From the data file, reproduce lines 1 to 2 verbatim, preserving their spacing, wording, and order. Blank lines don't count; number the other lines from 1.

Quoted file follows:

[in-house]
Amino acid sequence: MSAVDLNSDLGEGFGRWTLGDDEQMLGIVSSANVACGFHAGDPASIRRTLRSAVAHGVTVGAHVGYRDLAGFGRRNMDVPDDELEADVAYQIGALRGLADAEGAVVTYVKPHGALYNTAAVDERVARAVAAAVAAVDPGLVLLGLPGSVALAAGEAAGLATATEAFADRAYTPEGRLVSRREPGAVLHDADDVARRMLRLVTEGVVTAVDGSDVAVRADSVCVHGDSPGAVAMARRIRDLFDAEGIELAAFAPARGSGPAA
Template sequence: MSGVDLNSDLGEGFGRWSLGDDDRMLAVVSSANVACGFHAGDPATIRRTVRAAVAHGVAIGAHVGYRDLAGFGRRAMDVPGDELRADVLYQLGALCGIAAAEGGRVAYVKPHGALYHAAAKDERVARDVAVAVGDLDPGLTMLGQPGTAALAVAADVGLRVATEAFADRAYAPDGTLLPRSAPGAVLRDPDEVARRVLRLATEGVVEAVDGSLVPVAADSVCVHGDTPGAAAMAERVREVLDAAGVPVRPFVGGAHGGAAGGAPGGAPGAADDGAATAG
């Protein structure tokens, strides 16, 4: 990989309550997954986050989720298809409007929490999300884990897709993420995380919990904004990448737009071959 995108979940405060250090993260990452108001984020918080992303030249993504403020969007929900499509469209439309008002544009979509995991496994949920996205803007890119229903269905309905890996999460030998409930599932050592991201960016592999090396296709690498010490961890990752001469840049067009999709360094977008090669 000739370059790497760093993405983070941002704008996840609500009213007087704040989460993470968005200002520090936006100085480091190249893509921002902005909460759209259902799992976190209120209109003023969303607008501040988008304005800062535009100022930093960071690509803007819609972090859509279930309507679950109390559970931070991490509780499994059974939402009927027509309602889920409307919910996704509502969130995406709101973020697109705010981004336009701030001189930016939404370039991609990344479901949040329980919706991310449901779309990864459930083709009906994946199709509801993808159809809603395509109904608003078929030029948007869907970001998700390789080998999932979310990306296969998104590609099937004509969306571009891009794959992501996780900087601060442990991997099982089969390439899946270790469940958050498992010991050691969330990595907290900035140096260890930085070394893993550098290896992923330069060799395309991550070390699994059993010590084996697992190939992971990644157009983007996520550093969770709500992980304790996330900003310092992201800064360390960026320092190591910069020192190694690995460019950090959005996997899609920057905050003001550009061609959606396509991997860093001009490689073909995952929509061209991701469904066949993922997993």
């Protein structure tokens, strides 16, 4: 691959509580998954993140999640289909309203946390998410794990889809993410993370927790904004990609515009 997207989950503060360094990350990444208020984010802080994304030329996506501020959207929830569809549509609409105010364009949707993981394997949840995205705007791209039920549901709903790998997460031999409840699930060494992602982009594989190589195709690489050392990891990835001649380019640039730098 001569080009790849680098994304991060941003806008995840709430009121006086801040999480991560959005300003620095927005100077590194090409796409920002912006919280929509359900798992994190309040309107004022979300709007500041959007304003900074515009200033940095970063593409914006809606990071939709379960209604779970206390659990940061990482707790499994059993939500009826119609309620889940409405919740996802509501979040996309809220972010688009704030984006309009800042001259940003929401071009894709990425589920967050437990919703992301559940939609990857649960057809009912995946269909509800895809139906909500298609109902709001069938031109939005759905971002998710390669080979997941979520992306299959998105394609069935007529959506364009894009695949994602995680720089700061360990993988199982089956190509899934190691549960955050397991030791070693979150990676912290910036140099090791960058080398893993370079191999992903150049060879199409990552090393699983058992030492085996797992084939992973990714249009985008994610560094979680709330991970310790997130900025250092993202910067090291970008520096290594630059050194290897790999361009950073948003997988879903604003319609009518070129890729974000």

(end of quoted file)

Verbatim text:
[in-house]
Amino acid sequence: MSAVDLNSDLGEGFGRWTLGDDEQMLGIVSSANVACGFHAGDPASIRRTLRSAVAHGVTVGAHVGYRDLAGFGRRNMDVPDDELEADVAYQIGALRGLADAEGAVVTYVKPHGALYNTAAVDERVARAVAAAVAAVDPGLVLLGLPGSVALAAGEAAGLATATEAFADRAYTPEGRLVSRREPGAVLHDADDVARRMLRLVTEGVVTAVDGSDVAVRADSVCVHGDSPGAVAMARRIRDLFDAEGIELAAFAPARGSGPAA